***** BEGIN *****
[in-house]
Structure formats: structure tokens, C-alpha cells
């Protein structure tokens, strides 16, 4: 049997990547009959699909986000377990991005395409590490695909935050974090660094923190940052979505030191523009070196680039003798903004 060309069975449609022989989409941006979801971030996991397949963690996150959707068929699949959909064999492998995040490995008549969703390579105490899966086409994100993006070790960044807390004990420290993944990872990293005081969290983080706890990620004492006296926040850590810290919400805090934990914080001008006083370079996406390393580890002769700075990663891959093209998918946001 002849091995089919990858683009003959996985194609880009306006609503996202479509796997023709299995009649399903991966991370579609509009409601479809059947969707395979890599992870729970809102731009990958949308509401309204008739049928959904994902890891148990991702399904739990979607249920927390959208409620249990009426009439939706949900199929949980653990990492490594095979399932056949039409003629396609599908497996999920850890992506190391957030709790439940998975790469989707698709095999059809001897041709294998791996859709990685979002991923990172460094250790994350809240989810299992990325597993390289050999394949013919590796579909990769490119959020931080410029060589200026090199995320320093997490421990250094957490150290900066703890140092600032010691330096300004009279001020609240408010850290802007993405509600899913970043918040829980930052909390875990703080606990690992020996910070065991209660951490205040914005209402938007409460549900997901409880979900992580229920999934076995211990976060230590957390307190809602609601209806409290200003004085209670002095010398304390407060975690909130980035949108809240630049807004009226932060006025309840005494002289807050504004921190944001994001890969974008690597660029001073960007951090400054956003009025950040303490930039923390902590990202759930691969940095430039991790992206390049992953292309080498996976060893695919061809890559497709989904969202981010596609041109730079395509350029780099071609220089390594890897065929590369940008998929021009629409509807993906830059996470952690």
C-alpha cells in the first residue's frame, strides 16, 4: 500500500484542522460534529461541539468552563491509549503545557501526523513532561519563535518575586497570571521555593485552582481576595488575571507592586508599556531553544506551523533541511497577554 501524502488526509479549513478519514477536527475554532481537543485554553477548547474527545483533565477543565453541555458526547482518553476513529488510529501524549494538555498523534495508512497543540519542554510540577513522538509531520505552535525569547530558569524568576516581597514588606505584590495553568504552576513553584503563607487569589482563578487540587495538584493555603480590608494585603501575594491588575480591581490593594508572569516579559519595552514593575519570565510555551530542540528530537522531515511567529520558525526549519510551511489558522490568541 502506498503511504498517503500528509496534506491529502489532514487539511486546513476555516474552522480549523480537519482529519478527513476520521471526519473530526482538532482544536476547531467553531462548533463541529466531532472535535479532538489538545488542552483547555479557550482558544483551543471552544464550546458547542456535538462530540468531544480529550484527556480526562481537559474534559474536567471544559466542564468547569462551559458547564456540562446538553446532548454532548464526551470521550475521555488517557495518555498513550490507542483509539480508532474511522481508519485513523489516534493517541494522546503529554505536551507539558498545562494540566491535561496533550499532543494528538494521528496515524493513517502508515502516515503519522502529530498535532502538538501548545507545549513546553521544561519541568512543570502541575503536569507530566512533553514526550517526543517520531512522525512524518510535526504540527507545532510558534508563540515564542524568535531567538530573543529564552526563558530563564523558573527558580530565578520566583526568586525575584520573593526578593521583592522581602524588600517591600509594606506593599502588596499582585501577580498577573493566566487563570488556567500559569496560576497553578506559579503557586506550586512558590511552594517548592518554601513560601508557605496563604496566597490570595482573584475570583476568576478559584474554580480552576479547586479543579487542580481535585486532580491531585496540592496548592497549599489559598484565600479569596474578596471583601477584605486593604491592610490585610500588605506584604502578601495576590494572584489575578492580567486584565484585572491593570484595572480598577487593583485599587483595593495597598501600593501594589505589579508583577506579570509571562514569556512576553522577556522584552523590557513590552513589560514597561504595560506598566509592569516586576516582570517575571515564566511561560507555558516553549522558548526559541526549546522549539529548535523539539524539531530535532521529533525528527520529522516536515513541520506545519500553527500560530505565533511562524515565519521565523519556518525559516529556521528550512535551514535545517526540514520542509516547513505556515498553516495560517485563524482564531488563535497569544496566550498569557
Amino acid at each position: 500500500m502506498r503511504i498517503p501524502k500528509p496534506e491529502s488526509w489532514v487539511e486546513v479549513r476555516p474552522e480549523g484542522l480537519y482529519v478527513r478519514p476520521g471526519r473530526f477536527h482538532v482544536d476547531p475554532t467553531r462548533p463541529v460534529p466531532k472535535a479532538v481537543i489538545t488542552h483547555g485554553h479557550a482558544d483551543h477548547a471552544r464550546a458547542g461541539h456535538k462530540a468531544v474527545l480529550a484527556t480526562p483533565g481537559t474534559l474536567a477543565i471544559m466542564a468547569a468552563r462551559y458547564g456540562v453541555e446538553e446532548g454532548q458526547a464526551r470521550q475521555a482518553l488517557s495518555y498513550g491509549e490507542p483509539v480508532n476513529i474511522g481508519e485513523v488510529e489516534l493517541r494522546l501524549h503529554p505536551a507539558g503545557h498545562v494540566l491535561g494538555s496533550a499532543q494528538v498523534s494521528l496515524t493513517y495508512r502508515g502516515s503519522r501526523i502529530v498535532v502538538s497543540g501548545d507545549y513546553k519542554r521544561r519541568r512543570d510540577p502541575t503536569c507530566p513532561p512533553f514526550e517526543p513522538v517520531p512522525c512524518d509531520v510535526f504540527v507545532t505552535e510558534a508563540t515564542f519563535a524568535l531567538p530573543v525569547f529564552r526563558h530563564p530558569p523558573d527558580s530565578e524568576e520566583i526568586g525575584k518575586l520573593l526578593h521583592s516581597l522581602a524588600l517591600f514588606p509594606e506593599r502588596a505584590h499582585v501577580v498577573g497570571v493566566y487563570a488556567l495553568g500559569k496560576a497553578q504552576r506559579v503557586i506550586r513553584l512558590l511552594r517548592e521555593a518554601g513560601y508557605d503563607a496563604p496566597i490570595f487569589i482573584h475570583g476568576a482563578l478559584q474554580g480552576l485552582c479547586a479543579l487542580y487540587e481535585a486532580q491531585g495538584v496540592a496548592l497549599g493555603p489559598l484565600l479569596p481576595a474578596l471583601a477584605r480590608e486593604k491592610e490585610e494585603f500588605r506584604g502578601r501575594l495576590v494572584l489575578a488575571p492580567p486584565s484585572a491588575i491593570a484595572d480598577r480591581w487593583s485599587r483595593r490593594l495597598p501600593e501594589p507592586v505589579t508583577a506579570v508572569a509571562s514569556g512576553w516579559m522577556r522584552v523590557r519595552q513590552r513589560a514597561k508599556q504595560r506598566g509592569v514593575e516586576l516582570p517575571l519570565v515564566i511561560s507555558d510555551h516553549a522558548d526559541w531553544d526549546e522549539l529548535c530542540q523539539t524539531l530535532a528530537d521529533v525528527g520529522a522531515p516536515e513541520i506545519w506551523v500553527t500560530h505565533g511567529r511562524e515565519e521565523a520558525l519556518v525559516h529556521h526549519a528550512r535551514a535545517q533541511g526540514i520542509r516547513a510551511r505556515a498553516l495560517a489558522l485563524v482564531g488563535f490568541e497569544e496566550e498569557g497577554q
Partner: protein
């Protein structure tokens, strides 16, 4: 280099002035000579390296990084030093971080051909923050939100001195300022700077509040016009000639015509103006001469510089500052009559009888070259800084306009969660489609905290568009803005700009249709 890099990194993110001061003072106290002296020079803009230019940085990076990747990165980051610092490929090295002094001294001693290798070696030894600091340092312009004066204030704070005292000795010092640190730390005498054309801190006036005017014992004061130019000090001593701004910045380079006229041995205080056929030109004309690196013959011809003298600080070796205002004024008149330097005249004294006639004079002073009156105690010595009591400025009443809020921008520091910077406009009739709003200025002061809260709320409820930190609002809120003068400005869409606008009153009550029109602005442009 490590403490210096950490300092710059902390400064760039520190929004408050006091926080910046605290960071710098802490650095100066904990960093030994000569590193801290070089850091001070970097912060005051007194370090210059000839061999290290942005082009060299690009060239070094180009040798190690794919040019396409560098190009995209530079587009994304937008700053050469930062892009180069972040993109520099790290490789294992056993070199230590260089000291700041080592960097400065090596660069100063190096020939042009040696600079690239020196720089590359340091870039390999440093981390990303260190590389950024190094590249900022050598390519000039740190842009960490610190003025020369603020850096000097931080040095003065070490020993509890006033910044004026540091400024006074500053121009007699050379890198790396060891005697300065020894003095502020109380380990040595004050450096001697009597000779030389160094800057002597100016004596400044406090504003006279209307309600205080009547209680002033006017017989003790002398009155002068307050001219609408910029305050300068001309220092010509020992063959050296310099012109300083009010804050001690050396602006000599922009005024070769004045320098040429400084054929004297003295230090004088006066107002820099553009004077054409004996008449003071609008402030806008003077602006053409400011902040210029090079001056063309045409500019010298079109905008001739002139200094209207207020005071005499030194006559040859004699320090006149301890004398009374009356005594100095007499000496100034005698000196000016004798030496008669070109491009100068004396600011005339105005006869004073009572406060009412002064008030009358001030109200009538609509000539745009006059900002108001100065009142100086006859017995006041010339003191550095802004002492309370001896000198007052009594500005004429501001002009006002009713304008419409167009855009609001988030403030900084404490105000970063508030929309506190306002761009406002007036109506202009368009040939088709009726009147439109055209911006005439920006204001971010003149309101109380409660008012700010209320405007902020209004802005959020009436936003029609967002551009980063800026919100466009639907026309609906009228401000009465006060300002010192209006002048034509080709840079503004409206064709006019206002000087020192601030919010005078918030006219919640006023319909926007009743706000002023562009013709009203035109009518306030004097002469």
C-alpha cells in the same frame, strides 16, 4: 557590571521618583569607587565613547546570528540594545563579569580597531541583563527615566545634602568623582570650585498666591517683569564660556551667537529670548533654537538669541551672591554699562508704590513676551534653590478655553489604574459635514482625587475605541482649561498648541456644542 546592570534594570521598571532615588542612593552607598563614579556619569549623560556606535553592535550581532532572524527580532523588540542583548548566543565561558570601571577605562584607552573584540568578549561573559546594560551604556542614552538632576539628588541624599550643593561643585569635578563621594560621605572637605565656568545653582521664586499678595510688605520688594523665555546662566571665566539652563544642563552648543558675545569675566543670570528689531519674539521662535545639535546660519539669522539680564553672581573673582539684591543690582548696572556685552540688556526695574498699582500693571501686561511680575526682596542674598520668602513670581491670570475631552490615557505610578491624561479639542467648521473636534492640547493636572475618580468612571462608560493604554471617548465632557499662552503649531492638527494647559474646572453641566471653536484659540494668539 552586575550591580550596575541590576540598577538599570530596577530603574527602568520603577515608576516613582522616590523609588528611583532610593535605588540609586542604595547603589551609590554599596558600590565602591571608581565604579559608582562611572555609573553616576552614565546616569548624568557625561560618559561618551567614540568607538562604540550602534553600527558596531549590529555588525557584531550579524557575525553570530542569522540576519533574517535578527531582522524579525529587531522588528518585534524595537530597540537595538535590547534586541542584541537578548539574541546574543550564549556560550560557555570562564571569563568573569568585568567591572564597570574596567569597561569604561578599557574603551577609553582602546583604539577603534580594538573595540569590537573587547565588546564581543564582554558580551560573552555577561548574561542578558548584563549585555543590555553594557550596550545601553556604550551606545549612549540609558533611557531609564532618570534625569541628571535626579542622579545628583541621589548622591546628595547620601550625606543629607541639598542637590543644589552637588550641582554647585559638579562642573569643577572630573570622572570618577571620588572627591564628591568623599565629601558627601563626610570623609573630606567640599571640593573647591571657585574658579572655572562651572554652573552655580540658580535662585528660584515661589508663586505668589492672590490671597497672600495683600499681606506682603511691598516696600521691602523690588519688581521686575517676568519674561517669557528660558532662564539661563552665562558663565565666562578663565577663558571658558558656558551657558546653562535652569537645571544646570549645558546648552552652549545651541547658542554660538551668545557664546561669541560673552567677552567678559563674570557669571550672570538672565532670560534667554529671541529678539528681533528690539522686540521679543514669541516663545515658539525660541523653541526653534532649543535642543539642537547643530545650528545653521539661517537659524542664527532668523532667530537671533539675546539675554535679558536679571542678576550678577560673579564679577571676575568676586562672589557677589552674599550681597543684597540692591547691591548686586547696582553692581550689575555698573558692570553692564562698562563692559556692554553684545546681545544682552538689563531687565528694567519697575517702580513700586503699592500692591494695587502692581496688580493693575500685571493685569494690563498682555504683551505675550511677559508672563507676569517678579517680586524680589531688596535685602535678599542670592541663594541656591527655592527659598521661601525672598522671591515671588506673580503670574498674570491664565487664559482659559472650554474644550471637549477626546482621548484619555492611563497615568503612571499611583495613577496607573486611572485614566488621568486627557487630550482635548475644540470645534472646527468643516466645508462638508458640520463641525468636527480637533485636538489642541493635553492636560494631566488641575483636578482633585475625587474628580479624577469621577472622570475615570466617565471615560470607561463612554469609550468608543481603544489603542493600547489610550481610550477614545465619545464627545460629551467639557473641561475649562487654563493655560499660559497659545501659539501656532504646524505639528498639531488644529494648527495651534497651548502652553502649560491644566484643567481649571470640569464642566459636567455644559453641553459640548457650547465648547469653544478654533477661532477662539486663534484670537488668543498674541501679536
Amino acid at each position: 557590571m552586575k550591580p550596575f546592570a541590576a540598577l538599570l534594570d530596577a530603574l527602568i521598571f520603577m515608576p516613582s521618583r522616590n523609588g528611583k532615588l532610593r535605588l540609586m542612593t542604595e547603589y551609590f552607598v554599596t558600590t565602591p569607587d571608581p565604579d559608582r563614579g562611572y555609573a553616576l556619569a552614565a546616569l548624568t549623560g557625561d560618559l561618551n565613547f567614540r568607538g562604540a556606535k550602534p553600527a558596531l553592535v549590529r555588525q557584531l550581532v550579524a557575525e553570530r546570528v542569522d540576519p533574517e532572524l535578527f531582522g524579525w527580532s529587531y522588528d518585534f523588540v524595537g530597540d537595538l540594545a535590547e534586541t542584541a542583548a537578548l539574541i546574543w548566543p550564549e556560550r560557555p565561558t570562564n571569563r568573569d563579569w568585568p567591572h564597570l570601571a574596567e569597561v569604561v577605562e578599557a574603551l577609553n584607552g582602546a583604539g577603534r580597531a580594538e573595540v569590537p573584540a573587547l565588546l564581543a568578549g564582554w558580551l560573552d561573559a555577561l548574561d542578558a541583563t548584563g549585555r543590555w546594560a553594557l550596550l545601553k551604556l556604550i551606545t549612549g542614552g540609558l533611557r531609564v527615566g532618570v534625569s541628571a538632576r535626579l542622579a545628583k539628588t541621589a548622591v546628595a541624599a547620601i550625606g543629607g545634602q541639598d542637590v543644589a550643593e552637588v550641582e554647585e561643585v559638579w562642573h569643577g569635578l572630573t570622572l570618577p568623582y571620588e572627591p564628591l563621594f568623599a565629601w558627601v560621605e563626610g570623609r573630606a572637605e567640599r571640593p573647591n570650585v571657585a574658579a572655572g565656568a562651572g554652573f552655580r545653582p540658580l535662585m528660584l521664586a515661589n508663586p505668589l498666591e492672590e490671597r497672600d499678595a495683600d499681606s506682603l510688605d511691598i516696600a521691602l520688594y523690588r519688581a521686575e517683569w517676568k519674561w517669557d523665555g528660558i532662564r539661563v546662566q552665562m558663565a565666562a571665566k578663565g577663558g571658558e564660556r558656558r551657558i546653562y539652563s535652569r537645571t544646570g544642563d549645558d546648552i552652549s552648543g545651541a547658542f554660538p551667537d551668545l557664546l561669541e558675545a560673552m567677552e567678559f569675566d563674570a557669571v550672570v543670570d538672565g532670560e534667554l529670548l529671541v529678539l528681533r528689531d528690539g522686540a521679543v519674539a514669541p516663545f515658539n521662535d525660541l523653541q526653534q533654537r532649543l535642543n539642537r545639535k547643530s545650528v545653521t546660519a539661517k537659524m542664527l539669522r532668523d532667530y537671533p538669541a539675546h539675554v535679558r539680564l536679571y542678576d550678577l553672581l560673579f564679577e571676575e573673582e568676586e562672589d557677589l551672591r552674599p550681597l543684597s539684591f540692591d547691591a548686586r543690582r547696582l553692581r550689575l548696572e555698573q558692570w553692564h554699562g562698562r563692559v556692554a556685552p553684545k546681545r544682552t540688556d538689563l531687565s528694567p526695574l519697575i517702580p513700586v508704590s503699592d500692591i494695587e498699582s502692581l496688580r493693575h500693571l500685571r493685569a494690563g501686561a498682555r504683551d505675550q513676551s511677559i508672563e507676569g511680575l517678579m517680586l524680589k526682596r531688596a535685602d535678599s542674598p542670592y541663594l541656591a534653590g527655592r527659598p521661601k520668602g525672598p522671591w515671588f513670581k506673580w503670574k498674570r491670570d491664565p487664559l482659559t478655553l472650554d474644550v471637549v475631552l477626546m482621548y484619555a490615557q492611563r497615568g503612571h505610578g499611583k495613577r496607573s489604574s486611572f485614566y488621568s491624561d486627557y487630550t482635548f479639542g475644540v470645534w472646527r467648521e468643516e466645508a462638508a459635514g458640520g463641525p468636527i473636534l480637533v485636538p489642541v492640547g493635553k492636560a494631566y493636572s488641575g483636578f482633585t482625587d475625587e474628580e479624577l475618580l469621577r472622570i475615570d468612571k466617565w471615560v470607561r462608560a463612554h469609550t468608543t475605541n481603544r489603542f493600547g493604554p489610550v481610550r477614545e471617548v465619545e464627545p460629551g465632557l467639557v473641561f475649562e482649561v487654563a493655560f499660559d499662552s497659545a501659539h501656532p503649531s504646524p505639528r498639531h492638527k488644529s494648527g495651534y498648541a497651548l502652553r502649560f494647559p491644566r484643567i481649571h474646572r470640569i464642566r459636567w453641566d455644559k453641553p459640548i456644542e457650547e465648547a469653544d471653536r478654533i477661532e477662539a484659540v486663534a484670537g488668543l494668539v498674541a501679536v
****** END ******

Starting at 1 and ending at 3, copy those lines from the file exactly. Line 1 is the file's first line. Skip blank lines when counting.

[in-house]
Structure formats: structure tokens, C-alpha cells
């Protein structure tokens, strides 16, 4: 049997990547009959699909986000377990991005395409590490695909935050974090660094923190940052979505030191523009070196680039003798903004 060309069975449609022989989409941006979801971030996991397949963690996150959707068929699949959909064999492998995040490995008549969703390579105490899966086409994100993006070790960044807390004990420290993944990872990293005081969290983080706890990620004492006296926040850590810290919400805090934990914080001008006083370079996406390393580890002769700075990663891959093209998918946001 002849091995089919990858683009003959996985194609880009306006609503996202479509796997023709299995009649399903991966991370579609509009409601479809059947969707395979890599992870729970809102731009990958949308509401309204008739049928959904994902890891148990991702399904739990979607249920927390959208409620249990009426009439939706949900199929949980653990990492490594095979399932056949039409003629396609599908497996999920850890992506190391957030709790439940998975790469989707698709095999059809001897041709294998791996859709990685979002991923990172460094250790994350809240989810299992990325597993390289050999394949013919590796579909990769490119959020931080410029060589200026090199995320320093997490421990250094957490150290900066703890140092600032010691330096300004009279001020609240408010850290802007993405509600899913970043918040829980930052909390875990703080606990690992020996910070065991209660951490205040914005209402938007409460549900997901409880979900992580229920999934076995211990976060230590957390307190809602609601209806409290200003004085209670002095010398304390407060975690909130980035949108809240630049807004009226932060006025309840005494002289807050504004921190944001994001890969974008690597660029001073960007951090400054956003009025950040303490930039923390902590990202759930691969940095430039991790992206390049992953292309080498996976060893695919061809890559497709989904969202981010596609041109730079395509350029780099071609220089390594890897065929590369940008998929021009629409509807993906830059996470952690």